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How many things do you do before, during, and after your youth events?

During the week?

Throughout the year?

How much does it rely on you?


As the leader of your youth ministry program, you have many responsibilities. Many things rely on you, but should they?

I once attended a youth ministry conference where I was introduced to one phrase that resonated with me and haunted me simultaneously.


“Don’t do anything that a student can do!”


I’ve similarly heard Andy Stanley say, “If you are doing something in ministry that someone else can do, you may be keeping them from the ministry God has called them to do.”


You might be thinking…”That’s crazy talk. I am the one responsible. The success of the program is MY responsibility! If it fails, it is MY fault!”

Matthew 28:19 says – “Therefore, go and make disciples of all nations, baptizing them in the name of the Father, of the Son, and of the Holy Spirit.”

We are called to make disciples, not to make great programs. And you cannot make disciples by having those disciples watch you do everything. It’s like a coach who demonstrates to his team how to throw free throws but never lets his players get on the court and try. They’ll never learn!


“But I can’t put students in charge.. what if it fails, what if… they don’t.. do it like I would.”

GREAT! It’s not about you, your program, or your way. It’s about giving youth a safe, encouraging environment where they can be free to learn, to succeed, and yes, even to fail. Because when they fail, they learn, and when they learn, they grow.

Now, before you just hand the keys to the program over to your Jr high boys group you need to understand a few things:
  1. When you let students lead means more work for you not less. You have to teach them to lead, provide encouragement and have patience. You could definitely do it quicker and more efficiently.
  2. When you let students lead means that they will not do it your way. You need to be there to keep them going the right general direction, but it requires you giving up some control.
  3. When you let students lead not everyone will understand. “So you have the students do everything? What are we paying you for?” You will have to do some explaining of your purpose and why you are doing this.


Considering these things though, giving students leadership in your youth group is worth it, for your ministry, for yourself, and for those students who step up:


Letting students lead will also be a process. As you identify students who can lead, and determine their gifts and abilities you can slowly give them more and more leadership.


Here are some easy things to start with:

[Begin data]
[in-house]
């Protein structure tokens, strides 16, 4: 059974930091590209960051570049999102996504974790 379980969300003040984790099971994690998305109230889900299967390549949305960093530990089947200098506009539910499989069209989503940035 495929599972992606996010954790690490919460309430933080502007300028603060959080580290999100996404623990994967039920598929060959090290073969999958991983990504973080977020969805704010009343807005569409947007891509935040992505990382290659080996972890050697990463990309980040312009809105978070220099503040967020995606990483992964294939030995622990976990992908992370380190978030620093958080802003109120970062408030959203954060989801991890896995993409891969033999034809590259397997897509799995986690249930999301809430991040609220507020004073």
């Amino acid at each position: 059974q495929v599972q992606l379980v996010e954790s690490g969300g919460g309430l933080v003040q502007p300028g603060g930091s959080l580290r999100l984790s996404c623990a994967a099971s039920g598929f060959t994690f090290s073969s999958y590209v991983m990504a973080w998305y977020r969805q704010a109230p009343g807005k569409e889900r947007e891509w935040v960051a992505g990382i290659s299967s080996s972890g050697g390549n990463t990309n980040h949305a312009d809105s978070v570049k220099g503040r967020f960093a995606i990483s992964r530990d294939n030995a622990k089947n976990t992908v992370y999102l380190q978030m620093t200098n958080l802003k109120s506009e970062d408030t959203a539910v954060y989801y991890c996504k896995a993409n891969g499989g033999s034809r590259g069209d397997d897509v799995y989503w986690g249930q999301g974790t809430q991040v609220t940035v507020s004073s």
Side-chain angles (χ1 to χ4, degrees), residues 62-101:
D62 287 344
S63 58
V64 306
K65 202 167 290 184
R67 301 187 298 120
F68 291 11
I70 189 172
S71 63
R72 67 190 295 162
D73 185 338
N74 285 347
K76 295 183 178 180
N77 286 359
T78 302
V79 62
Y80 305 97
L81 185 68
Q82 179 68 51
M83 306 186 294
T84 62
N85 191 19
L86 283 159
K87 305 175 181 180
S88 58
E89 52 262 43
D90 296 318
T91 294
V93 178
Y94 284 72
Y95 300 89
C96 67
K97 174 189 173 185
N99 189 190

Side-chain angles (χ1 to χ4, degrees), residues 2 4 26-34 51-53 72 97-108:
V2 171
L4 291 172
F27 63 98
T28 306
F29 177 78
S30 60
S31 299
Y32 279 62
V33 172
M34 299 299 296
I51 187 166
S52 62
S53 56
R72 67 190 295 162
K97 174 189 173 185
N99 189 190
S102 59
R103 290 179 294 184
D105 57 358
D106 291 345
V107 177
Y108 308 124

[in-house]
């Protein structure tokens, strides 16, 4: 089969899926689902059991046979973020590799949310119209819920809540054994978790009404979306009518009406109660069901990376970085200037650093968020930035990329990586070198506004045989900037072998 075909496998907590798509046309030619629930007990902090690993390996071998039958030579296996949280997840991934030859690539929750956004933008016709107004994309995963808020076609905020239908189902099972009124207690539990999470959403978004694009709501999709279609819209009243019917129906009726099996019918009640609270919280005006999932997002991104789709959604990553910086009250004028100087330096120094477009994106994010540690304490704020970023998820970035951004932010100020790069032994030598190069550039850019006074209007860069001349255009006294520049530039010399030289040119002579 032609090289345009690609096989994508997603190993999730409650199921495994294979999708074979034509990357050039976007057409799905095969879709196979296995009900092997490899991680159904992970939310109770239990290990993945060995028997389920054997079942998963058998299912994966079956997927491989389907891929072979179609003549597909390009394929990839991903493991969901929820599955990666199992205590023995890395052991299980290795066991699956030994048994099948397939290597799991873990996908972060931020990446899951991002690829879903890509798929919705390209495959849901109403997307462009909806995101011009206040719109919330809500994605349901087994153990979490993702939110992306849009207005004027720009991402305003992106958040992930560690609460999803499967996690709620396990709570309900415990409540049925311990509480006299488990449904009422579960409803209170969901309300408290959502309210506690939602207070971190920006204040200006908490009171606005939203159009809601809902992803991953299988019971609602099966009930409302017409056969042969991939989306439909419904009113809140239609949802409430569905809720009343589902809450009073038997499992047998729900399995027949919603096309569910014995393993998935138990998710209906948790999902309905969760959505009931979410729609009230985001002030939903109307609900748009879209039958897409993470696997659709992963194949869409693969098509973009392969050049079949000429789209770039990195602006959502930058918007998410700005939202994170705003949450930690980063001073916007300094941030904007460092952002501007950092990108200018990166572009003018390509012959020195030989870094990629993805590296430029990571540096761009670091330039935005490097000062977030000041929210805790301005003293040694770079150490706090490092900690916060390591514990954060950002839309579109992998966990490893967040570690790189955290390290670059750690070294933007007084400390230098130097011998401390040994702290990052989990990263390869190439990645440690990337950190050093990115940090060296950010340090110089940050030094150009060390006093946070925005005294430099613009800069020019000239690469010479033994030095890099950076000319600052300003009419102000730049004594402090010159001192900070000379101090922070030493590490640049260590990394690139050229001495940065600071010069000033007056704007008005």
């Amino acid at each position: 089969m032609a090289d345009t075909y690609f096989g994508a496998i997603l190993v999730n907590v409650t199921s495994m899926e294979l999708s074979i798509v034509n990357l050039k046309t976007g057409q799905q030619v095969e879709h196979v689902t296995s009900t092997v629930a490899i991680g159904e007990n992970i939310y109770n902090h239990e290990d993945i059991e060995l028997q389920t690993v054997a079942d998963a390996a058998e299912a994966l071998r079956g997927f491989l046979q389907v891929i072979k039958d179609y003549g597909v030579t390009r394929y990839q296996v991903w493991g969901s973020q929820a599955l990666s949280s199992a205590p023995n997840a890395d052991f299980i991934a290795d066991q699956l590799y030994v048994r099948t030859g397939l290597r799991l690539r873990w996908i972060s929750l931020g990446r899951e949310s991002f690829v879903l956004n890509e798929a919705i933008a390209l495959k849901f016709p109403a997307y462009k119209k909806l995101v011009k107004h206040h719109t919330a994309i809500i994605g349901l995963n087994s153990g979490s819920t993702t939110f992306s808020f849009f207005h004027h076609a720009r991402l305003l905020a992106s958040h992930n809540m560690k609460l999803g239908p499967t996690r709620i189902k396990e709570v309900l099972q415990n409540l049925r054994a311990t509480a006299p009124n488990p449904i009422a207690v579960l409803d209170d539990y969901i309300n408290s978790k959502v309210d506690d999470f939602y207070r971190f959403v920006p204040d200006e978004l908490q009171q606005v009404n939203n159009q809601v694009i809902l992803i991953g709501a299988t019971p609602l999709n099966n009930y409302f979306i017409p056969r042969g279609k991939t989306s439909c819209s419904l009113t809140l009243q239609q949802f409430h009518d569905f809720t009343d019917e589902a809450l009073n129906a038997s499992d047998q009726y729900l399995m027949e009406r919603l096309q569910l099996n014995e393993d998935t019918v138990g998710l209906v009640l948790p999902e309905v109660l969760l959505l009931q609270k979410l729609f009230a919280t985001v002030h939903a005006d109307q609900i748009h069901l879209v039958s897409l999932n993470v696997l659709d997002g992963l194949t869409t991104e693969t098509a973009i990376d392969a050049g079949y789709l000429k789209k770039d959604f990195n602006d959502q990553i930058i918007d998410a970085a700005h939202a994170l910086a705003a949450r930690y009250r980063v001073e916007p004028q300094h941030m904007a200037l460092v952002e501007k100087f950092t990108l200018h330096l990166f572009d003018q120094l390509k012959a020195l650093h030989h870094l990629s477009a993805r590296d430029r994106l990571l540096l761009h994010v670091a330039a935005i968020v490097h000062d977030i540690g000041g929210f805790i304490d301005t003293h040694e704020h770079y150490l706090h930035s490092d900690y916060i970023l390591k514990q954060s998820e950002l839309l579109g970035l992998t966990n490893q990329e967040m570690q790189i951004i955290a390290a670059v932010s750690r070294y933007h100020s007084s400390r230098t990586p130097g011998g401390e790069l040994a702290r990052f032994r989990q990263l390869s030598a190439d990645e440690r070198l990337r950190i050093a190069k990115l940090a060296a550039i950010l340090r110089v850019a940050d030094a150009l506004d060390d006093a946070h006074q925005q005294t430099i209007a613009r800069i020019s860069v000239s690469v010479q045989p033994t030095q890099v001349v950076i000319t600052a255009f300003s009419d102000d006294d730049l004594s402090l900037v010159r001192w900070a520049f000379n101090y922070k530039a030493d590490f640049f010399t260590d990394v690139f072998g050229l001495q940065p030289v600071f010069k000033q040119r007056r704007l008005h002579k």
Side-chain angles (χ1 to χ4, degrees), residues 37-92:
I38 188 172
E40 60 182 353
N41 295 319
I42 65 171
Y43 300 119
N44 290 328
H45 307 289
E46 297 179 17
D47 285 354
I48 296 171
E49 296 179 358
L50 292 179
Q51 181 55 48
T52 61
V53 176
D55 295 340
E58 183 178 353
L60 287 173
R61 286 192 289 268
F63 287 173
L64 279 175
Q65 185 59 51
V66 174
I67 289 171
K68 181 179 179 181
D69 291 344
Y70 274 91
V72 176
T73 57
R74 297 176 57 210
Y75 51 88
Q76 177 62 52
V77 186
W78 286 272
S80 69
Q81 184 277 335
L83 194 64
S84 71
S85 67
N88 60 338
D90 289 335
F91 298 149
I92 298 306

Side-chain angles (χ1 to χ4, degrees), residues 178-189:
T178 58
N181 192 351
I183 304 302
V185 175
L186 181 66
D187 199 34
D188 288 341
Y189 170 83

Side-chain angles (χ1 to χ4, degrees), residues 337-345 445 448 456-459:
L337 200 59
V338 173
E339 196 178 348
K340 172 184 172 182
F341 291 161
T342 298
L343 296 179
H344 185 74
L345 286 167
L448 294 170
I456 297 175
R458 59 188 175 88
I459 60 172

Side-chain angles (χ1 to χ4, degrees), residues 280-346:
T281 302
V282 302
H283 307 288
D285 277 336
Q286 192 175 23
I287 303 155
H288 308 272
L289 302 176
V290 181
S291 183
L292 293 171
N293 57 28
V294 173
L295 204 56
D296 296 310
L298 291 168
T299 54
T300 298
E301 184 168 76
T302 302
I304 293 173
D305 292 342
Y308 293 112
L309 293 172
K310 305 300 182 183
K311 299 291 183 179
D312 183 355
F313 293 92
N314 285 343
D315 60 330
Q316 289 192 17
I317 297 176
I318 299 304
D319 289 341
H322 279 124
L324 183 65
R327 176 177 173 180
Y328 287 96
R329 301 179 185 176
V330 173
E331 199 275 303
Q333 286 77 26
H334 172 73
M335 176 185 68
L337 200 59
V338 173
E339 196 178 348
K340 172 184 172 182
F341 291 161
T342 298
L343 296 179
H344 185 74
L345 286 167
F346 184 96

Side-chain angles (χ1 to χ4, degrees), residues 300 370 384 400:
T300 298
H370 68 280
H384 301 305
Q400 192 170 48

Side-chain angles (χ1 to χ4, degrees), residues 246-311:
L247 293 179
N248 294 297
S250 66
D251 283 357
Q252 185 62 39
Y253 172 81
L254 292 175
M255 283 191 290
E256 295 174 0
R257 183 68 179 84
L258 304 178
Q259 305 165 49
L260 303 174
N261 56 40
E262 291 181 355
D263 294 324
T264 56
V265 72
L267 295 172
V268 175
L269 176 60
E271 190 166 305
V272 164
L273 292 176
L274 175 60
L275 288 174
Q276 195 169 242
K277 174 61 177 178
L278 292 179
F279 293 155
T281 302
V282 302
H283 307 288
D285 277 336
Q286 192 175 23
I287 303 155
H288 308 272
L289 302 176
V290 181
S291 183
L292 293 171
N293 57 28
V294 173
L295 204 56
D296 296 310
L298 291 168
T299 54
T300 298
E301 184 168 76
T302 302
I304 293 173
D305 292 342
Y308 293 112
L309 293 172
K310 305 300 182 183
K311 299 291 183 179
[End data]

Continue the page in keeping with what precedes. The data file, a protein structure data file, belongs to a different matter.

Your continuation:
• Leading Worship – This is hard for me because it’s what I do and love. However, I have had some incredibly awesome and talented youth who can lead 2 to 3 songs every week. Have your youth learn 5 songs, and rotate those through for a few months.
  • Screens – Whether you use propresenter, media shout, powerpoint or whatever, students are adept at running the screens. Have students help with the creation and presentation of worship slides and other screens.
  • Series Planning – Ask youth what issues they are facing that you should consider sermon/small group series on. They came up with several I would not have thought of. If you want to reach youth, include them in your series planning.
  • Set up/clean up – One of the best indicator of a student leader to me are those who voluntarily clean up, and set up without being asked. Make this a ministry opportunity and ask these students to take on this role, and get others involved.
  • Leading games – Ever planned a game and no one wants to play? Get your students involved in planning and leading games. They will get experience in speaking in front of others, explaining things clearly and commanding a groups attention. Give them some games websites or accounts to follow.
  • Member Care – Find some youth who send cards for birthdays, sympathy, get well, etc.. Provide cards and address lists and turn them loose. Create a card station in your youth area and keep it stocked with everything they need.
  • Social Media – Yes your students can run your social media accounts. Find those you trust and give them the password to instagram or facebook. Alternatively you can have them get on canva and use it to schedule posts.
  • Photos/Videos – Along with social media is the taking of photos and videos at events. Set up an email, dropbox, or google photo drop where students can upload photos of your events.

This is a short list of ways I can think of that youth can lead in your ministry. But we’d also love to hear your thoughts as well.

For more thoughts on student ministry leadership, check out any of these great episodes!

Student Leadership with Daniel Acton
Student Leadership V2 with Brandon Hair
Student Leadership V3 with Ty Lust
Empowering Students to Lead with Brent Aiken
Leading Well In High School with Ella and Taylor
Youth Room to MainStage with Melissa Graves

Russell Martin

Russell Martin


Russell Martin is the Senior Pastor at Lake Houston UMC and the co-host of the Student Ministry Conversations Podcast. He is a gifted communicator and loves talking with and coaching student pastors through the many challenging aspects of ministry. He loves listening to other podcasts, cooking and growing plants in his own garden.


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